The different jobs in machine learning, data analytics and AI
If you’re intrigued about these data-driven areas of interest, you might be considering a related career path. But what kinds of jobs are there in the different fields? We’ve picked out just a few examples for each:
Data analytics jobs
- Data analyst. The role of data analyst focuses on processing raw data to create meaningful insights. They work to identify trends and present them in a meaningful and easy-to-understand way.
- BI analyst. Business intelligence analysts work to provide data insights that can inform business decisions. They use a variety of techniques and technologies to allow organisations to make informed choices backed by data.
Artificial intelligence jobs
- Robotics engineer. This role focuses on the design and building of machines to automate jobs. When it comes to robotics and AI, the latter is needed when creating robots to perform complex tasks.
- AI programmer. An artificial intelligence programmer works to develop software that’s used for AI applications. It’s a role very much focused on the software development perspective.
Machine learning jobs
- Machine learning engineer. With this role, elements of software engineering and data science overlap. Machine learning engineers create algorithms and programs that help computers to learn automatically.
- NLP scientist. Natural language processing (NLP) is the technology used to help computers understand natural human language. NLP scientists create algorithms that help with this process of understanding human language.
The difference in average salaries
As you might expect given the highly technical nature of some of these roles, average salaries tend to be reasonably high. However, it’s worth knowing how the different specialities compare to each other in general. We’ve picked out some of the relevant data below.
Data analytics salaries
Let’s use the role of data analyst as an example. We can see that the average salary in the UK is around £37,000 according to reed.co.uk, and £27,300 according to PayScale. In the US, indeed estimates this average to be roughly $75,000.
Artificial intelligence salaries
According to IT Jobs Watch, the median annual salary for professionals with skills in AI was £60,000 in the six months up to January 2021. Glassdoor estimates that the average base pay in the US for the same skill set is around $114,000 per year.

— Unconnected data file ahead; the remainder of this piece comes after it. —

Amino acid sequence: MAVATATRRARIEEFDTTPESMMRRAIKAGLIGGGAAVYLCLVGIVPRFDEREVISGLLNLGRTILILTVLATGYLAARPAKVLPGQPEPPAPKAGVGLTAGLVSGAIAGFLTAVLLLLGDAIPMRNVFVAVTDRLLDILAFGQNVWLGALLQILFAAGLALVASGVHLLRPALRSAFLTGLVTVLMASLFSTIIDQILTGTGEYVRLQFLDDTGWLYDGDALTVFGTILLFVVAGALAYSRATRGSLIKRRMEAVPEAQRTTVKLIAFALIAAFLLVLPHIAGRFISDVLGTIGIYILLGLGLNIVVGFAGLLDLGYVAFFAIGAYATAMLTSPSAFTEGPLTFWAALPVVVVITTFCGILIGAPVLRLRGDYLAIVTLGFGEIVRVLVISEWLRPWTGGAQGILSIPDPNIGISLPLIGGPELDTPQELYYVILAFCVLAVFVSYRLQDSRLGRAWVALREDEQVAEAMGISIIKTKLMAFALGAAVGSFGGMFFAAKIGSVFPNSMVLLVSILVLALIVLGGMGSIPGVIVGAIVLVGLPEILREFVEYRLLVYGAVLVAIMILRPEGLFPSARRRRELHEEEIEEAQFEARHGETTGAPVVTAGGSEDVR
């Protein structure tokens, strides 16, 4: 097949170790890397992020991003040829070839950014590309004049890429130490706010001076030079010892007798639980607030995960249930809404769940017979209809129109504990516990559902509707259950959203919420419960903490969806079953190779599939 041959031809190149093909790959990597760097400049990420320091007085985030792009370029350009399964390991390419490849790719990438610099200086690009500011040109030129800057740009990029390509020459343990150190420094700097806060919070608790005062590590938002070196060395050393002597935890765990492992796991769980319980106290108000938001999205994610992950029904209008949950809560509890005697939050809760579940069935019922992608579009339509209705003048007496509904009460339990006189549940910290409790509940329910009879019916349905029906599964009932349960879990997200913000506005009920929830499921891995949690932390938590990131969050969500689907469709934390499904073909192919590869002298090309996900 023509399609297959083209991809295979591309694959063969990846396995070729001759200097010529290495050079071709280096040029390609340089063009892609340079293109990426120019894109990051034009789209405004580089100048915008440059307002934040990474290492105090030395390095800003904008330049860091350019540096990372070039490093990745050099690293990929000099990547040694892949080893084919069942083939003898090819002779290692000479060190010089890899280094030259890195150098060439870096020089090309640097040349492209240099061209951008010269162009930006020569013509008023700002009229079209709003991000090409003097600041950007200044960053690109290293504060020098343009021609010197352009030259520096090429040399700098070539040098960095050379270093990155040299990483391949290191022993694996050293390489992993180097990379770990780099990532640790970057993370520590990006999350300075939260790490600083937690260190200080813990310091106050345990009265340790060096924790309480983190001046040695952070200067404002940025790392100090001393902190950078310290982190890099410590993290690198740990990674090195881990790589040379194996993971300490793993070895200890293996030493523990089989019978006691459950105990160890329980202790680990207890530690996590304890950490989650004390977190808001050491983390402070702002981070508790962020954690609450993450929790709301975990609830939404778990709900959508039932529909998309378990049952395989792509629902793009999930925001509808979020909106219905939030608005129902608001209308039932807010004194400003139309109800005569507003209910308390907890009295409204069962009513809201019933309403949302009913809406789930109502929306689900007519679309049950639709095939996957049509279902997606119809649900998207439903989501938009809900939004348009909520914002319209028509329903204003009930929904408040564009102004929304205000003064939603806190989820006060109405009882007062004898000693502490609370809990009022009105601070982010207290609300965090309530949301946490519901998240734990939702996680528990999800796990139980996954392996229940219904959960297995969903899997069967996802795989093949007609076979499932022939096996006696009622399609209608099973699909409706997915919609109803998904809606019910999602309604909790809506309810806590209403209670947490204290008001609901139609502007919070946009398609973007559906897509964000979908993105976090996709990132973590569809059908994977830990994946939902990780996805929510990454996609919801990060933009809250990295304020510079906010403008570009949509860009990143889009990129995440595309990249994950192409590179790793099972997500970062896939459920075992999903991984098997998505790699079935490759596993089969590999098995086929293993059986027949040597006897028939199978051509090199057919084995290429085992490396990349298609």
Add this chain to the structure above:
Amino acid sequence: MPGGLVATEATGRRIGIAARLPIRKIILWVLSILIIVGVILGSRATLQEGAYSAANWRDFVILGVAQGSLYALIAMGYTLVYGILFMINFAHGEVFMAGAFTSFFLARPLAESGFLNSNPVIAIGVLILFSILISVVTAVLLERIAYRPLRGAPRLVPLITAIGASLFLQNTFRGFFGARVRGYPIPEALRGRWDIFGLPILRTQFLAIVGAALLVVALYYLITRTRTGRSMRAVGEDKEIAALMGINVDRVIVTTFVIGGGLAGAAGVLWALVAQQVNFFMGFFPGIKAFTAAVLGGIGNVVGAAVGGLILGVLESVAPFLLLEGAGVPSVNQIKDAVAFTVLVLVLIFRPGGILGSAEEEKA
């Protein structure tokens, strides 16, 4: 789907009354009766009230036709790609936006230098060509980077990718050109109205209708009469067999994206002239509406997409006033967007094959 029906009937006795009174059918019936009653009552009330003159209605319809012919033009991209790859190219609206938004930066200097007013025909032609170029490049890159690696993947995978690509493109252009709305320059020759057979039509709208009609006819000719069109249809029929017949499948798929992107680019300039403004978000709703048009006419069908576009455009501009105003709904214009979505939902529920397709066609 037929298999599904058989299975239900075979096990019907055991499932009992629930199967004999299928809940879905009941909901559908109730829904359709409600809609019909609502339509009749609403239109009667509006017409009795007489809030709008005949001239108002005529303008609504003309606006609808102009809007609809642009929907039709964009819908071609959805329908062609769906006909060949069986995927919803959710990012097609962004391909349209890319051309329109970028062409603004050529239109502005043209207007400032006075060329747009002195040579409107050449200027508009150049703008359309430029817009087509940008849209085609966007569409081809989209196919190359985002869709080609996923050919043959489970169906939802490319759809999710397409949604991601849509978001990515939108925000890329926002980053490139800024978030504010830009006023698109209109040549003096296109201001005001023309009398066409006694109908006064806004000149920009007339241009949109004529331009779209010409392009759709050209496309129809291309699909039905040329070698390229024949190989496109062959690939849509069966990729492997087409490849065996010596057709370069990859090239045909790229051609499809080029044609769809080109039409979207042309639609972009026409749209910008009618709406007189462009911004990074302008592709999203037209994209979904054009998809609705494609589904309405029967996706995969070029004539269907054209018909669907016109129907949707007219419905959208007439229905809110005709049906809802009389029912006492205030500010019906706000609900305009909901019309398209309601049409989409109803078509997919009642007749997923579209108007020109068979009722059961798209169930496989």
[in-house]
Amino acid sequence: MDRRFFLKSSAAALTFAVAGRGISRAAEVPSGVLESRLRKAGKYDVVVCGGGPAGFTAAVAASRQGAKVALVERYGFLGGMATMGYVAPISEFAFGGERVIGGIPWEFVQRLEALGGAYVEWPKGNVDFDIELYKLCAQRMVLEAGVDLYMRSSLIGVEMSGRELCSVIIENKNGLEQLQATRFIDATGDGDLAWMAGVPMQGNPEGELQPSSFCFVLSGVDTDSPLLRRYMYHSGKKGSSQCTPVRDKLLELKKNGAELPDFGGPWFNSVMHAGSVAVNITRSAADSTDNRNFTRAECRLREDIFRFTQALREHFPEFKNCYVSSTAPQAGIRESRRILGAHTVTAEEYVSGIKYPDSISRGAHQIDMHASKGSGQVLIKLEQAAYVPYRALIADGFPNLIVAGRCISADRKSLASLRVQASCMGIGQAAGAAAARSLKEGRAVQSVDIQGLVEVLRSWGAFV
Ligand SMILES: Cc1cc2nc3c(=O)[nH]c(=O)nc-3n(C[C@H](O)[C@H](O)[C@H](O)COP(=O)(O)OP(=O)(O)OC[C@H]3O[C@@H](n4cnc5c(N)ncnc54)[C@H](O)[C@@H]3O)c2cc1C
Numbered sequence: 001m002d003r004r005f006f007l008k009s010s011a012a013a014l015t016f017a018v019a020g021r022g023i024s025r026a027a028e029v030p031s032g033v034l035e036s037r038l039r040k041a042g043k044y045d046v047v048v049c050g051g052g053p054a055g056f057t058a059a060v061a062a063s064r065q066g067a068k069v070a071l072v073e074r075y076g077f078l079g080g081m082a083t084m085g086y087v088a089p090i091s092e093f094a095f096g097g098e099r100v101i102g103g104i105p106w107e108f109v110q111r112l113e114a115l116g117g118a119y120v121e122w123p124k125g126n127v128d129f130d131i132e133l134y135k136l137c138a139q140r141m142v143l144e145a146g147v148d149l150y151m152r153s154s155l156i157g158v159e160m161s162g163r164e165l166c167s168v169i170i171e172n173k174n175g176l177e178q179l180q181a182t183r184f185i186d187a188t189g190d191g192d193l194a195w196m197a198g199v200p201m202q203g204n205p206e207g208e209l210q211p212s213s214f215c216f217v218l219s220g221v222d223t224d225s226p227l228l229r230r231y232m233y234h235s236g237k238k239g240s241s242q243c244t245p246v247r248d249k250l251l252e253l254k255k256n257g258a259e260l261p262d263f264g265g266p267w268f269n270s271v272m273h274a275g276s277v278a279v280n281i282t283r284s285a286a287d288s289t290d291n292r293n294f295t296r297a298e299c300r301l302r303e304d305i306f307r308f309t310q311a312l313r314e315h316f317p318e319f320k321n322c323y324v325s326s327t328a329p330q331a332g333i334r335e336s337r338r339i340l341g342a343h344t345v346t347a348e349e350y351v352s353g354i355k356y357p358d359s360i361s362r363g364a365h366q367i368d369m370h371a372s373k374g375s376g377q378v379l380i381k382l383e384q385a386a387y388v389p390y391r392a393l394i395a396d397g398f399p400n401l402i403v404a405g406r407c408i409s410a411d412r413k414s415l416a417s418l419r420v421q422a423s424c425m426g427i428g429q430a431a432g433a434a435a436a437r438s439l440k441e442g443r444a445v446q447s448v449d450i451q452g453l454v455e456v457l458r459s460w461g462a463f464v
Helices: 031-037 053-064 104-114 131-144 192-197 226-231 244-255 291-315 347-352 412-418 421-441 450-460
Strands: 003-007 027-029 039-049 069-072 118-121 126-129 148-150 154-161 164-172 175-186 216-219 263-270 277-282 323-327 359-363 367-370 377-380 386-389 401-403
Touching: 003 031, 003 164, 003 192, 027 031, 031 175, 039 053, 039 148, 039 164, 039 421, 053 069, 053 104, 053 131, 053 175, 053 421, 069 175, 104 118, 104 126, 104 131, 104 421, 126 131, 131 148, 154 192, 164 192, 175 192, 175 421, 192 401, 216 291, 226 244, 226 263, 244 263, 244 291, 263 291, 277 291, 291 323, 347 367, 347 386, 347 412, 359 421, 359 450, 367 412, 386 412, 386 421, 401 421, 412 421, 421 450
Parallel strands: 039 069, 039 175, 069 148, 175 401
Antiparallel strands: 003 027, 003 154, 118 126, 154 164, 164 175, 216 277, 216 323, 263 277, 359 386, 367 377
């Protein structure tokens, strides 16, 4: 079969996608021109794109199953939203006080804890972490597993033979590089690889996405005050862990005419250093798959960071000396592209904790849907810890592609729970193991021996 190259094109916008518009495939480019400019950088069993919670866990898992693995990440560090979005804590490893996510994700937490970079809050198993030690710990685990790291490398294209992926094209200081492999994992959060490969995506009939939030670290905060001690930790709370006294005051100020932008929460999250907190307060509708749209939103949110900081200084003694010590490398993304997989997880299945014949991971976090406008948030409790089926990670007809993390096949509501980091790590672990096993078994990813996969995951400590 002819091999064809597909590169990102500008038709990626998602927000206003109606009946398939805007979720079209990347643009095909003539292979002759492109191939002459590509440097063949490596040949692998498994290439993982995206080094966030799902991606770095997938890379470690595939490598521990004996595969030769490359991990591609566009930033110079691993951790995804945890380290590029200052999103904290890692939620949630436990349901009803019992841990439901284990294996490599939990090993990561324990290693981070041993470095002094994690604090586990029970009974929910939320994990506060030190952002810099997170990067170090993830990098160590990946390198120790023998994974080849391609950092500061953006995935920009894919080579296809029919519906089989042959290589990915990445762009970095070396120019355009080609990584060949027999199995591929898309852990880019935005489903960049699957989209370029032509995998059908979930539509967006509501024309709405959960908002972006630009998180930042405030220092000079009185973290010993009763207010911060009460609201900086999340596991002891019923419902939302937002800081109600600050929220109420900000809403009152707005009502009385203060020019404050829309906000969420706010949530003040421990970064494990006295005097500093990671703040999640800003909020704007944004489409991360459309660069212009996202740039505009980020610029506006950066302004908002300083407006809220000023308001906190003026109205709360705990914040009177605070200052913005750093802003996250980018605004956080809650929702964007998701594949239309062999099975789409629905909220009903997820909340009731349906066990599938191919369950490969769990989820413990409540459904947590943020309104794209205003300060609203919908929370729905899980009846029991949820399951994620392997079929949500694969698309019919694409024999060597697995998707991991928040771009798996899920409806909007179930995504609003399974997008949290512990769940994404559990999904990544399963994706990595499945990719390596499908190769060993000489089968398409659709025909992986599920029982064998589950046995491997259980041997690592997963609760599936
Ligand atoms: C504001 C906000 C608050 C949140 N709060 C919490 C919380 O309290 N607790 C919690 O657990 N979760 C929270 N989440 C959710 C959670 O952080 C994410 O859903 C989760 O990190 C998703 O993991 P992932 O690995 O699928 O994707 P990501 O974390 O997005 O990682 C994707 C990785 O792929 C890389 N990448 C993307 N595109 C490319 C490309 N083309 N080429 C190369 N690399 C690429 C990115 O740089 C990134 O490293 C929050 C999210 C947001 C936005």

Machine learning salary
In the UK, the average machine learning engineer salary is around £50,000 per year, according to PayScale. Indeed’s estimate is similar, placing the figure at £56,000 per year. For the US, their base salary estimate is $150,000 per year.
The different skills needed
As we’ve seen, there are several similarities and differences across the fields of data analytics, machine learning and artificial intelligence. As you might expect, many of the skills needed to progress in each follow a similar pattern. We’ve picked out some of the hard and soft skills that jobs in these sectors often require.
When it comes to the types of skills that are useful across machine learning, data analytics and AI, there are several that come to mind. Some of these are industry-specific abilities, while others are transferrable skills that are universally useful:
- Programming. Whichever type of role you work in, you’ll likely need to know the basics of a few programming languages. Python, C++, Java, and others can help with many different aspects.
- Data analytics and data modelling. As you might expect, having a working knowledge of data analysis and creating data models is a must-have to work in these industries.
- Communication. Many of the roles in these areas require you to explain your reasoning and findings to non-experts. You’ll also have to work across a diverse range of organisations and teams. As such, effective communication is vital.